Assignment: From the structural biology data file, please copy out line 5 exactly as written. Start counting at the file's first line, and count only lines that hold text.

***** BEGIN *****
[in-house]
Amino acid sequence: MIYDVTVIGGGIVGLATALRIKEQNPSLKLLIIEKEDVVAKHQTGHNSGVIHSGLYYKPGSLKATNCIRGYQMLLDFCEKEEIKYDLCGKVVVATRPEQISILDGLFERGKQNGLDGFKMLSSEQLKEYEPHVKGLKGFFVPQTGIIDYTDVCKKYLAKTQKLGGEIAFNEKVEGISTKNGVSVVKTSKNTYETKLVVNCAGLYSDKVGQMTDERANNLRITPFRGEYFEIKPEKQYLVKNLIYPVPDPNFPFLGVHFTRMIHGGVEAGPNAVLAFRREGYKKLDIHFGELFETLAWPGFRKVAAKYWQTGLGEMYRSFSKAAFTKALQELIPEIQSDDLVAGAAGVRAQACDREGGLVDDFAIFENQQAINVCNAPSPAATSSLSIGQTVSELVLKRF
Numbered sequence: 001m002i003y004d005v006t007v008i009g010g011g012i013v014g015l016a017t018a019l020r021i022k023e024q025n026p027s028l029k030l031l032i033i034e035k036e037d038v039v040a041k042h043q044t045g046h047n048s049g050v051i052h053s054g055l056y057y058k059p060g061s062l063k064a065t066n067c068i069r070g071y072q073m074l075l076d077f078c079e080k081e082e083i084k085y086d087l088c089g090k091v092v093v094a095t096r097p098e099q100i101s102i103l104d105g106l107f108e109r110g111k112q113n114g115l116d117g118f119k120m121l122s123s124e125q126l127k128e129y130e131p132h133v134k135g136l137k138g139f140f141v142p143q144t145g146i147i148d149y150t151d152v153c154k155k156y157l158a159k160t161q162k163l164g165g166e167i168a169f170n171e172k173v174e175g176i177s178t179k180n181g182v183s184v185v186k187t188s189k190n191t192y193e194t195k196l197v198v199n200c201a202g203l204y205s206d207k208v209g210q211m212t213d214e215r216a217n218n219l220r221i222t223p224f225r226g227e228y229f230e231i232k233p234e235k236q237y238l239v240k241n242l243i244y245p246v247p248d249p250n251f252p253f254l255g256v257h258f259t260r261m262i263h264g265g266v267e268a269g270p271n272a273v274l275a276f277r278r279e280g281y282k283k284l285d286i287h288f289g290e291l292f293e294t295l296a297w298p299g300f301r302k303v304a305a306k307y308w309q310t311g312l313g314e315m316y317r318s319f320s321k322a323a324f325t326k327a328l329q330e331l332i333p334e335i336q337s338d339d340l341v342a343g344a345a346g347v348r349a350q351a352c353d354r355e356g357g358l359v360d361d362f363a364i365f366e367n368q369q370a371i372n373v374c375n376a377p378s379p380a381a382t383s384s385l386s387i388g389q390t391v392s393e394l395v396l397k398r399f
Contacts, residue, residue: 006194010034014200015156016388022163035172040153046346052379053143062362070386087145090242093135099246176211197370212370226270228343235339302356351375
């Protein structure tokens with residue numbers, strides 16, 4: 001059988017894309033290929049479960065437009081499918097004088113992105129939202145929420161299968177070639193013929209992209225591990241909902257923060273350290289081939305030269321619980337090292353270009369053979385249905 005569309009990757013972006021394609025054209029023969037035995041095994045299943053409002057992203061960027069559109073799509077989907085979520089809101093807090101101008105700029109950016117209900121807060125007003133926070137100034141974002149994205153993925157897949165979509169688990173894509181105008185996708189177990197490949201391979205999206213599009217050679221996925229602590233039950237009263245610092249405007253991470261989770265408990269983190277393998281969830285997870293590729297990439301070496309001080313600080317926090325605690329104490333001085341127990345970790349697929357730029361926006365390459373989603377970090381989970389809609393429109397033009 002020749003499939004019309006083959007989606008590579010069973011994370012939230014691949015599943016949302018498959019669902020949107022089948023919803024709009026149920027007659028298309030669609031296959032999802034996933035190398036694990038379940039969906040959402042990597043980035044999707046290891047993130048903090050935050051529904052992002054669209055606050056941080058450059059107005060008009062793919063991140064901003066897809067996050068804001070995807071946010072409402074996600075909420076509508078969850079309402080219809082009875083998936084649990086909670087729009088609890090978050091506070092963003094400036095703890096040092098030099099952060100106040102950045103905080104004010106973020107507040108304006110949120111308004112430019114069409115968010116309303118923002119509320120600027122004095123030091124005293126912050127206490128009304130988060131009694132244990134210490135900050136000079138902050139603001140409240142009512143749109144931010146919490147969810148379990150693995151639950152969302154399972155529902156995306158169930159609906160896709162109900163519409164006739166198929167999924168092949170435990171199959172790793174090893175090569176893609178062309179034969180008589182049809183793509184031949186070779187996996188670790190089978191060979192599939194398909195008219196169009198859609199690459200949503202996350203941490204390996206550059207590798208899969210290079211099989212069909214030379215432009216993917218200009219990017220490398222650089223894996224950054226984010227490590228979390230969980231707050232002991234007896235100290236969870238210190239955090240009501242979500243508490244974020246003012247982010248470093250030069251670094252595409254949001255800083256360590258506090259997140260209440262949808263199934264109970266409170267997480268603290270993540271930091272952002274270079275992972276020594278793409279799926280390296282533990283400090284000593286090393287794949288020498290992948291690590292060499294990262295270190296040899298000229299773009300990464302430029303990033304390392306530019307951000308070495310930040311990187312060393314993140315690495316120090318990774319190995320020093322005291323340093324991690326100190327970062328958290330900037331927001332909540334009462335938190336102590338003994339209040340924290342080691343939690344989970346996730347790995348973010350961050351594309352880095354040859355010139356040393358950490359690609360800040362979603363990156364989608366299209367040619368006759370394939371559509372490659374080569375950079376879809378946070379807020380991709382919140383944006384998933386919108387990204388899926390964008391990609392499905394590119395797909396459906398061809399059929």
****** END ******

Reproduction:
């Protein structure tokens with residue numbers, strides 16, 4: 001059988017894309033290929049479960065437009081499918097004088113992105129939202145929420161299968177070639193013929209992209225591990241909902257923060273350290289081939305030269321619980337090292353270009369053979385249905 005569309009990757013972006021394609025054209029023969037035995041095994045299943053409002057992203061960027069559109073799509077989907085979520089809101093807090101101008105700029109950016117209900121807060125007003133926070137100034141974002149994205153993925157897949165979509169688990173894509181105008185996708189177990197490949201391979205999206213599009217050679221996925229602590233039950237009263245610092249405007253991470261989770265408990269983190277393998281969830285997870293590729297990439301070496309001080313600080317926090325605690329104490333001085341127990345970790349697929357730029361926006365390459373989603377970090381989970389809609393429109397033009 002020749003499939004019309006083959007989606008590579010069973011994370012939230014691949015599943016949302018498959019669902020949107022089948023919803024709009026149920027007659028298309030669609031296959032999802034996933035190398036694990038379940039969906040959402042990597043980035044999707046290891047993130048903090050935050051529904052992002054669209055606050056941080058450059059107005060008009062793919063991140064901003066897809067996050068804001070995807071946010072409402074996600075909420076509508078969850079309402080219809082009875083998936084649990086909670087729009088609890090978050091506070092963003094400036095703890096040092098030099099952060100106040102950045103905080104004010106973020107507040108304006110949120111308004112430019114069409115968010116309303118923002119509320120600027122004095123030091124005293126912050127206490128009304130988060131009694132244990134210490135900050136000079138902050139603001140409240142009512143749109144931010146919490147969810148379990150693995151639950152969302154399972155529902156995306158169930159609906160896709162109900163519409164006739166198929167999924168092949170435990171199959172790793174090893175090569176893609178062309179034969180008589182049809183793509184031949186070779187996996188670790190089978191060979192599939194398909195008219196169009198859609199690459200949503202996350203941490204390996206550059207590798208899969210290079211099989212069909214030379215432009216993917218200009219990017220490398222650089223894996224950054226984010227490590228979390230969980231707050232002991234007896235100290236969870238210190239955090240009501242979500243508490244974020246003012247982010248470093250030069251670094252595409254949001255800083256360590258506090259997140260209440262949808263199934264109970266409170267997480268603290270993540271930091272952002274270079275992972276020594278793409279799926280390296282533990283400090284000593286090393287794949288020498290992948291690590292060499294990262295270190296040899298000229299773009300990464302430029303990033304390392306530019307951000308070495310930040311990187312060393314993140315690495316120090318990774319190995320020093322005291323340093324991690326100190327970062328958290330900037331927001332909540334009462335938190336102590338003994339209040340924290342080691343939690344989970346996730347790995348973010350961050351594309352880095354040859355010139356040393358950490359690609360800040362979603363990156364989608366299209367040619368006759370394939371559509372490659374080569375950079376879809378946070379807020380991709382919140383944006384998933386919108387990204388899926390964008391990609392499905394590119395797909396459906398061809399059929």